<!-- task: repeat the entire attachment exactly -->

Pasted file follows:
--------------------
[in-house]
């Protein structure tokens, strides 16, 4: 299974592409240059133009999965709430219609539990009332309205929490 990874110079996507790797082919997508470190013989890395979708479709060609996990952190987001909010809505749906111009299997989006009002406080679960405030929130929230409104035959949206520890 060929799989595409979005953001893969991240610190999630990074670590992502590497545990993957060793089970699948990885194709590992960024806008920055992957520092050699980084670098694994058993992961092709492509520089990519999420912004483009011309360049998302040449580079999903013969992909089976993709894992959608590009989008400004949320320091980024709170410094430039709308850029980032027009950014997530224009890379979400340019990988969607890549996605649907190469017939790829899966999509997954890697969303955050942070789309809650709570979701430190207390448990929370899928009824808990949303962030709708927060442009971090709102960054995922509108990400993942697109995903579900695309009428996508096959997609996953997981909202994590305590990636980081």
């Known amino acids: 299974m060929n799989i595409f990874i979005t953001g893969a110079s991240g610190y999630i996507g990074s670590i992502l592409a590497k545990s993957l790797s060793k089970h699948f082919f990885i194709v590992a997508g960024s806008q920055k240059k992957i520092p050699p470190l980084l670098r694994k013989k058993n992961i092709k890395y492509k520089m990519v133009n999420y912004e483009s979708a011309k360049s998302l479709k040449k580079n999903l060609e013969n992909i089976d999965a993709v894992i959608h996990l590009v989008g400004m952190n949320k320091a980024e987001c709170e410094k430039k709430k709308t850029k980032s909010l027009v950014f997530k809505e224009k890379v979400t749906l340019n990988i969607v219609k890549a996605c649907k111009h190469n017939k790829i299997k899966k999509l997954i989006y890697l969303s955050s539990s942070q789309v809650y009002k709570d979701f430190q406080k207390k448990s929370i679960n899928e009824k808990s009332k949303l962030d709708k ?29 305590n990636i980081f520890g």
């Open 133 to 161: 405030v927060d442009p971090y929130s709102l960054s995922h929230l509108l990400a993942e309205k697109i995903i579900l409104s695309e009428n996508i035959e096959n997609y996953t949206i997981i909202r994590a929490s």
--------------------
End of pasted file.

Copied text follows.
[in-house]
């Protein structure tokens, strides 16, 4: 299974592409240059133009999965709430219609539990009332309205929490 990874110079996507790797082919997508470190013989890395979708479709060609996990952190987001909010809505749906111009299997989006009002406080679960405030929130929230409104035959949206520890 060929799989595409979005953001893969991240610190999630990074670590992502590497545990993957060793089970699948990885194709590992960024806008920055992957520092050699980084670098694994058993992961092709492509520089990519999420912004483009011309360049998302040449580079999903013969992909089976993709894992959608590009989008400004949320320091980024709170410094430039709308850029980032027009950014997530224009890379979400340019990988969607890549996605649907190469017939790829899966999509997954890697969303955050942070789309809650709570979701430190207390448990929370899928009824808990949303962030709708927060442009971090709102960054995922509108990400993942697109995903579900695309009428996508096959997609996953997981909202994590305590990636980081």
């Known amino acids: 299974m060929n799989i595409f990874i979005t953001g893969a110079s991240g610190y999630i996507g990074s670590i992502l592409a590497k545990s993957l790797s060793k089970h699948f082919f990885i194709v590992a997508g960024s806008q920055k240059k992957i520092p050699p470190l980084l670098r694994k013989k058993n992961i092709k890395y492509k520089m990519v133009n999420y912004e483009s979708a011309k360049s998302l479709k040449k580079n999903l060609e013969n992909i089976d999965a993709v894992i959608h996990l590009v989008g400004m952190n949320k320091a980024e987001c709170e410094k430039k709430k709308t850029k980032s909010l027009v950014f997530k809505e224009k890379v979400t749906l340019n990988i969607v219609k890549a996605c649907k111009h190469n017939k790829i299997k899966k999509l997954i989006y890697l969303s955050s539990s942070q789309v809650y009002k709570d979701f430190q406080k207390k448990s929370i679960n899928e009824k808990s009332k949303l962030d709708k ?29 305590n990636i980081f520890g």
């Open 133 to 161: 405030v927060d442009p971090y929130s709102l960054s995922h929230l509108l990400a993942e309205k697109i995903i579900l409104s695309e009428n996508i035959e096959n997609y996953t949206i997981i909202r994590a929490s």